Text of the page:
The profile is in good agreement with that given by McLeod & Rieke (1995). The bulge+disk fit is quite satisfactory (Figs. 9f and 9g).

5.10 NGC 4507

The K' image agrees with that of Mulchaey et al. (1997), and indeed shows no clear presence of a bar (Fig. 10a). A noticeable curved dust lane to the SE reaching the innermost 2 arcsec is visible in the HST image by Malkan et al. (1998).

The sharp-divided image (Fig. 10b) clearly shows a bar that is also apparent on the difference image (Fig. 10c). This bar had been already reported by Mulchaey et al. (1997) (r = 10.5 arcsec, PA = 53$^\circ$, $\epsilon $ = 0.34).

$\epsilon $ and PA show strong variations at 18-20arcsec from the nucleus, where the spiral arms begin (Fig. 10e) and produce a small bump over the bulge+disk fit (Fig. 10f). The bar is also apparent as a small enhancement over this fit. However, due to the relative weakness of the bar and arms, the residuals remain small (Fig. 10g). The J/K' image is quite smooth except in the very nucleus, which has much redder colors (Fig. 10d) than the outer galaxy.

5.11 NGC 4785

This galaxy has a bright thick bar (Fig. 11a) and a complex spiral structure with several arms, including a thin arm to the south with several blobs. Note that the major axis orientation varies with radius in the central 14 arcsec (Fig. 11e).

The sharp-divided image reveals the presence of a ring and shows well the spiral arms (Fig. 11b). These features are also clearly visible in the difference image (Fig. 11c), where a small central bar seems to be present. The existence of such a small bar is confirmed by the J/Kimage (Fig. 11d) and by the variations of $\epsilon $ and PA with radius (Fig. 11e) both in ground based and HST images. The sharp-dividing method applied to the NICMOS HST image shows an inner elongation of $\approx$ 1.5 arcsec along PA = 109$^\circ$  (Fig. 31).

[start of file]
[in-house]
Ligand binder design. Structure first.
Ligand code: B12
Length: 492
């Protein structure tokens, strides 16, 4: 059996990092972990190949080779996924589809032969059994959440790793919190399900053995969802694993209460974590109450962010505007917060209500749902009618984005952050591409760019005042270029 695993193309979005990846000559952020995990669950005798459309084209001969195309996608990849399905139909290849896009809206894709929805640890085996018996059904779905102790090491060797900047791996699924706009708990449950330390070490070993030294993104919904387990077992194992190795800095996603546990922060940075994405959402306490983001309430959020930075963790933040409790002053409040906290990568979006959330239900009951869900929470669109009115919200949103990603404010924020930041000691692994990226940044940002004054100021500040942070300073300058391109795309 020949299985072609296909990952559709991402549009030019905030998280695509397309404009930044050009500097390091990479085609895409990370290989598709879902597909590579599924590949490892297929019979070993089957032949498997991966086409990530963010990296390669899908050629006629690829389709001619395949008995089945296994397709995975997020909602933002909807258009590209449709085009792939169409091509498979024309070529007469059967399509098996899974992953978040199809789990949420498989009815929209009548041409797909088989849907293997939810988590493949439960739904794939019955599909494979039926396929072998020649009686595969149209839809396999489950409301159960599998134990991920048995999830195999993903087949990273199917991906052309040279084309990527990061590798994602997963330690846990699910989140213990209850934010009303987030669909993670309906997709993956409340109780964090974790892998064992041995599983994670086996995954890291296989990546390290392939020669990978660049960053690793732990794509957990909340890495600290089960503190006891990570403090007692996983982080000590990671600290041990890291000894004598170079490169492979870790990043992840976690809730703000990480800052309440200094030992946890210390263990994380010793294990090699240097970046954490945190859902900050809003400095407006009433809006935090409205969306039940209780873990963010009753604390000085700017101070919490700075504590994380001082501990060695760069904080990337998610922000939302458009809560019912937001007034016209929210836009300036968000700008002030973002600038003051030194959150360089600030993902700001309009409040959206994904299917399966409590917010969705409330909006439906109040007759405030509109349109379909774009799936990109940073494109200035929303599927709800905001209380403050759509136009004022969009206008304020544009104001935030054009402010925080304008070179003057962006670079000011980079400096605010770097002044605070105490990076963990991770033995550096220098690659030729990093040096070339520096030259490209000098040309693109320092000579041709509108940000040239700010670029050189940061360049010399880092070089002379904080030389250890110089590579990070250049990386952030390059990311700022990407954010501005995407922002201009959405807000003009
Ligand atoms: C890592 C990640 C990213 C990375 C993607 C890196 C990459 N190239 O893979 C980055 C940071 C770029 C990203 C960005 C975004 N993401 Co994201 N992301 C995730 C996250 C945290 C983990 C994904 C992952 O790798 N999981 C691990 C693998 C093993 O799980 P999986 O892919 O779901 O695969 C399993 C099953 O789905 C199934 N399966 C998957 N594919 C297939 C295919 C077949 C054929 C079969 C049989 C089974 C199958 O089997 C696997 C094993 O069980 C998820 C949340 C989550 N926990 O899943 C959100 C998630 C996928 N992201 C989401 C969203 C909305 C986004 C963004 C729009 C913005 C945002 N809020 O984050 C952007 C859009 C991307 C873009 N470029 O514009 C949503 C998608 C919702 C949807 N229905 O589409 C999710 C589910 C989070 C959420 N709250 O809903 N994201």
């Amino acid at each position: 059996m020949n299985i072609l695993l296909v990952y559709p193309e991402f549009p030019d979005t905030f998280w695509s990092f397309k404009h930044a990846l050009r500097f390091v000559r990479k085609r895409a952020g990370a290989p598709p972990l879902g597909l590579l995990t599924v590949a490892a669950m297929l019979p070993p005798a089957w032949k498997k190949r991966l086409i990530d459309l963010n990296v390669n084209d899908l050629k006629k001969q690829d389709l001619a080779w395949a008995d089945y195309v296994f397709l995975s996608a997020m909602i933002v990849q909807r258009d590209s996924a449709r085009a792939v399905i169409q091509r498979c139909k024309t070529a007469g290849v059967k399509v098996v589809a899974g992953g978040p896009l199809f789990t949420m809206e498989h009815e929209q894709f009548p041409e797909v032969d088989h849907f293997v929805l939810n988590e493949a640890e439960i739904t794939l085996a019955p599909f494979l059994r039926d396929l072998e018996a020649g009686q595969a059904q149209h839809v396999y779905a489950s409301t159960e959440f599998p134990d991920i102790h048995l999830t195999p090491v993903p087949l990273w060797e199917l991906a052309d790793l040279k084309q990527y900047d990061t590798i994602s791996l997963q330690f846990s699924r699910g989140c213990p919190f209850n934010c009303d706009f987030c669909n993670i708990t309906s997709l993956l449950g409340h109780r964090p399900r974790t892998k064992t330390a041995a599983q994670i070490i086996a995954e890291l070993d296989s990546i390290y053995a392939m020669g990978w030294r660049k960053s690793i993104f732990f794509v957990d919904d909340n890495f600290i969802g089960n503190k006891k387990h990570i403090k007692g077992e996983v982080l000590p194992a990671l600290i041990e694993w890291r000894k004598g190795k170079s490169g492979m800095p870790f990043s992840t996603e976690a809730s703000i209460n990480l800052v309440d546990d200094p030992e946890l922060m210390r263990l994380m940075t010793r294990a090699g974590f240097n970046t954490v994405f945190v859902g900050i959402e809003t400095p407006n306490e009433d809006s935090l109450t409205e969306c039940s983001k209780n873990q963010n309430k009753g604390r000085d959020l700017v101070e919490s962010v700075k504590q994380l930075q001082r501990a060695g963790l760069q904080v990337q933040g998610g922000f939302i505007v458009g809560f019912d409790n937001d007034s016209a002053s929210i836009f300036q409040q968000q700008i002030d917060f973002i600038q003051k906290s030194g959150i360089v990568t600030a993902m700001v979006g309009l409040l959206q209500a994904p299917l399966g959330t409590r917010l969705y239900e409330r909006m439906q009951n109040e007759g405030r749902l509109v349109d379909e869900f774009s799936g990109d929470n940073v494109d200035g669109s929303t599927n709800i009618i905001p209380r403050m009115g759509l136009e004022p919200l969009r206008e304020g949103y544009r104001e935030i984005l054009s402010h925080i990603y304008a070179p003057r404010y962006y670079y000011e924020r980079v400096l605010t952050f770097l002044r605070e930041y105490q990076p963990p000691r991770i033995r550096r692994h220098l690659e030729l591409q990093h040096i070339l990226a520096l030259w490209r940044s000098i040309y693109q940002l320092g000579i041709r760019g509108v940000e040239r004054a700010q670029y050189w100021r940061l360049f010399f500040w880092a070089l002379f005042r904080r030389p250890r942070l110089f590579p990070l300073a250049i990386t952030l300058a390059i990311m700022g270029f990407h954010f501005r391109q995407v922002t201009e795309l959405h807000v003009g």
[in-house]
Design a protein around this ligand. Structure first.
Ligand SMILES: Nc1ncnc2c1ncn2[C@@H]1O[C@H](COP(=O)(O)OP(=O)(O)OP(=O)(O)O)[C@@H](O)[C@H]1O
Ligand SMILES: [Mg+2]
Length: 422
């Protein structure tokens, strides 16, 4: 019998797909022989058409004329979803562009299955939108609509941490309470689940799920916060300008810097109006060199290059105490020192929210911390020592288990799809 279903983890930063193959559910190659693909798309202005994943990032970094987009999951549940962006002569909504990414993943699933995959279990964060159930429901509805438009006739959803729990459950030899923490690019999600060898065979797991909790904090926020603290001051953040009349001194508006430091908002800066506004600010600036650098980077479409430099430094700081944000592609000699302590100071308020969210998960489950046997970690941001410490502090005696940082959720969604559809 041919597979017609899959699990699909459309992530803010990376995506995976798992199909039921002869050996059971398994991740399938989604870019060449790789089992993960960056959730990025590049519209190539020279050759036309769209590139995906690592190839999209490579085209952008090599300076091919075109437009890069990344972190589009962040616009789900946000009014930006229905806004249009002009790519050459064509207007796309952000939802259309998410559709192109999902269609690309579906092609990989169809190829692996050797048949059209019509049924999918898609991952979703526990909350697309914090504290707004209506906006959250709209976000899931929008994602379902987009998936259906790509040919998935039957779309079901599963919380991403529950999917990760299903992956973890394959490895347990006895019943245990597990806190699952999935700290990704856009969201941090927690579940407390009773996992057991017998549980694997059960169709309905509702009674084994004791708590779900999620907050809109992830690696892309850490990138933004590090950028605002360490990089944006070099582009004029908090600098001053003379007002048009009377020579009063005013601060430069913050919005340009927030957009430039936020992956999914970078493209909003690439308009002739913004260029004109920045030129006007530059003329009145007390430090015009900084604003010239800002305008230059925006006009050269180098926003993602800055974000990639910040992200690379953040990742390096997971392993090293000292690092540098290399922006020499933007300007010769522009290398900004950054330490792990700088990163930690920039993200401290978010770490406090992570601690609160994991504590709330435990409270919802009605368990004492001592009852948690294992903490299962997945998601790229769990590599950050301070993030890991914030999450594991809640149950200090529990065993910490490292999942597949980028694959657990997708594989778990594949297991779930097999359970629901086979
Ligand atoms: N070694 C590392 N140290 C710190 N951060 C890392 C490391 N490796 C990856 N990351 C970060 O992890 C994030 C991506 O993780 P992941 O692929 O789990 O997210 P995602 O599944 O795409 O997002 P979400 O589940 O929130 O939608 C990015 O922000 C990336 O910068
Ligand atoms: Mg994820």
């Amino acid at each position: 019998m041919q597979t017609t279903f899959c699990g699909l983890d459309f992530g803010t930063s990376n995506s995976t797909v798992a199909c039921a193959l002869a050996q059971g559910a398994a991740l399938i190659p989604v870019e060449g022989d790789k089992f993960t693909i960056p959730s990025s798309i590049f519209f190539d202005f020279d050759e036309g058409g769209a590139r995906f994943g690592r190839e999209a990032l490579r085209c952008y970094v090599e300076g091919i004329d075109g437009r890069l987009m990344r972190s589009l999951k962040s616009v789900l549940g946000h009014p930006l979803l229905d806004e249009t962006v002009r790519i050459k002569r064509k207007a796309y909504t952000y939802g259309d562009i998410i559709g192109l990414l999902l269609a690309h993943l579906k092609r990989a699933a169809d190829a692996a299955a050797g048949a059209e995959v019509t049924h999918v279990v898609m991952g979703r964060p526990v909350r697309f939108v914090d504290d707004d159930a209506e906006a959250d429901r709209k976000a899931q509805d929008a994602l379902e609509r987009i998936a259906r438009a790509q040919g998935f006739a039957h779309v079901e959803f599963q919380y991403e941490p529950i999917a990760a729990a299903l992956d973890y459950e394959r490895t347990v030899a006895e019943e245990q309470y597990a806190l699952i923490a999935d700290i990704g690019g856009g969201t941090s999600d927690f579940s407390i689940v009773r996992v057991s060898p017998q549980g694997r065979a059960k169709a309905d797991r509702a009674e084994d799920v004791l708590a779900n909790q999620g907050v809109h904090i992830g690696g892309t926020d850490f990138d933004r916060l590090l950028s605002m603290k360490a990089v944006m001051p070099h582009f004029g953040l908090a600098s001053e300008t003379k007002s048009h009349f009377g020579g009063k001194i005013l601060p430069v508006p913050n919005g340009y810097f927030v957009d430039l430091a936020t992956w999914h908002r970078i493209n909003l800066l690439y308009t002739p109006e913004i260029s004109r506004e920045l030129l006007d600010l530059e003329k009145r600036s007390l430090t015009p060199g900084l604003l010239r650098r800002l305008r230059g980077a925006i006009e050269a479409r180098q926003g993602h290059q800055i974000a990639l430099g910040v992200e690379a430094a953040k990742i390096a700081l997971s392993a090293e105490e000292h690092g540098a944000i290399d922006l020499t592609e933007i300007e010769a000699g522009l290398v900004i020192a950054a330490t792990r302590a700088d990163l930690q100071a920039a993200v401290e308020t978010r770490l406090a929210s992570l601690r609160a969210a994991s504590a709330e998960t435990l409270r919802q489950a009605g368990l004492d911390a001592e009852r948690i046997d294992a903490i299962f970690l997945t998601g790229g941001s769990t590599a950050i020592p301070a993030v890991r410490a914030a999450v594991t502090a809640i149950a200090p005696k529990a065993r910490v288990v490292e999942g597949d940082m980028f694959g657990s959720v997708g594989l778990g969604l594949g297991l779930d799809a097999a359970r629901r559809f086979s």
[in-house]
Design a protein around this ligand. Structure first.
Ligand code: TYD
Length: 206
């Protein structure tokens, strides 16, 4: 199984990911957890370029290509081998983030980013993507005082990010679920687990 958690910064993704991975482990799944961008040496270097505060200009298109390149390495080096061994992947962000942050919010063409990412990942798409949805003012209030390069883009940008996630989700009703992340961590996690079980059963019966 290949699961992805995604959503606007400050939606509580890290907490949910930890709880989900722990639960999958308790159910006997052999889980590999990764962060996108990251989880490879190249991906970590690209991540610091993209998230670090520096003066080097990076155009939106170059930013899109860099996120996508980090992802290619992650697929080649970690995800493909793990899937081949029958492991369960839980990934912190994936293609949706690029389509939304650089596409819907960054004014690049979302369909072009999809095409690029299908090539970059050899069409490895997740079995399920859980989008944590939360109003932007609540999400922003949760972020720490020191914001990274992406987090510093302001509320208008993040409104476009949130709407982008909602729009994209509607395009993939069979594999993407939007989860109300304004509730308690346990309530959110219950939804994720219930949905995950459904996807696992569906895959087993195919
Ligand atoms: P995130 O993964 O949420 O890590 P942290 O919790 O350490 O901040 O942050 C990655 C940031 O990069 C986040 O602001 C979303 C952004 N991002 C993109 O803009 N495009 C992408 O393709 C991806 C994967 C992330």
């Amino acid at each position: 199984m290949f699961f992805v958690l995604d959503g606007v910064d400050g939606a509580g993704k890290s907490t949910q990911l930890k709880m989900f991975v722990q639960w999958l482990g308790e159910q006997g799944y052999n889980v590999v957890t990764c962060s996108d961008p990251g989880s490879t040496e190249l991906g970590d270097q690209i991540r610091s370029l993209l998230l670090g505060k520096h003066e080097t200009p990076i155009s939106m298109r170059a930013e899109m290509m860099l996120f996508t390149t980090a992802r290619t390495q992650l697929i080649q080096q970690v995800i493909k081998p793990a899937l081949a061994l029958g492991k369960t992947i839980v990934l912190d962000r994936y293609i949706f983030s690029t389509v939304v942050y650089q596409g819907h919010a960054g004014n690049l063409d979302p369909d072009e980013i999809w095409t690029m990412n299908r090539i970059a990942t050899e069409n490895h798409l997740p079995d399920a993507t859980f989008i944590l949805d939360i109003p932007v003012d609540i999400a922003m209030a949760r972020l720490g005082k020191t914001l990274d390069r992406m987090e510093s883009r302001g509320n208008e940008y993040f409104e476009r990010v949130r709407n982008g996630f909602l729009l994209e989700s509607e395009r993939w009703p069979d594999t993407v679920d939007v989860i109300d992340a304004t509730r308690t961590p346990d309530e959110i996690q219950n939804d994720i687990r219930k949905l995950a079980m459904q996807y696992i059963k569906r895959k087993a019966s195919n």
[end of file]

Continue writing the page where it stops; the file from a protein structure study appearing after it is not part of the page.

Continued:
The colour image is quite constant except at the location of the arms and inner ring which appear redder in the J/K' color image (Figs. 11d and 11h).

5.12 NGC 5347

The K' image of this galaxy only shows a large bar, the rest of the structure being very smooth with hardly any hint for the presence of spiral arms (Fig. 12a), in agreement with Mulchaey et al. (1997). Even the sharp-divided image shows no structure (Fig. 12b) except for the bright nucleus.

However, the extremities of the bar appear well in the difference image (Fig. 12c), and the existence of a bar is confirmed by the PA and $\epsilon $ variations both from ground based and HST images (Fig. 12e) (in agreement with Mulchaey et al. 1997) and by the excess over the bulge+disk fit (Figs. 12f and 12g).

Surprisingly, the J/K' image reveals a double structure separated by $\approx$ 3 arcsec, resembling a double nucleus (Fig. 12h). The close inspection of the color optical to near-infrared image by Regan & Mulchaey (1999), shows that this may result from the dust lane crossing the nucleus.

5.13 NGC 5728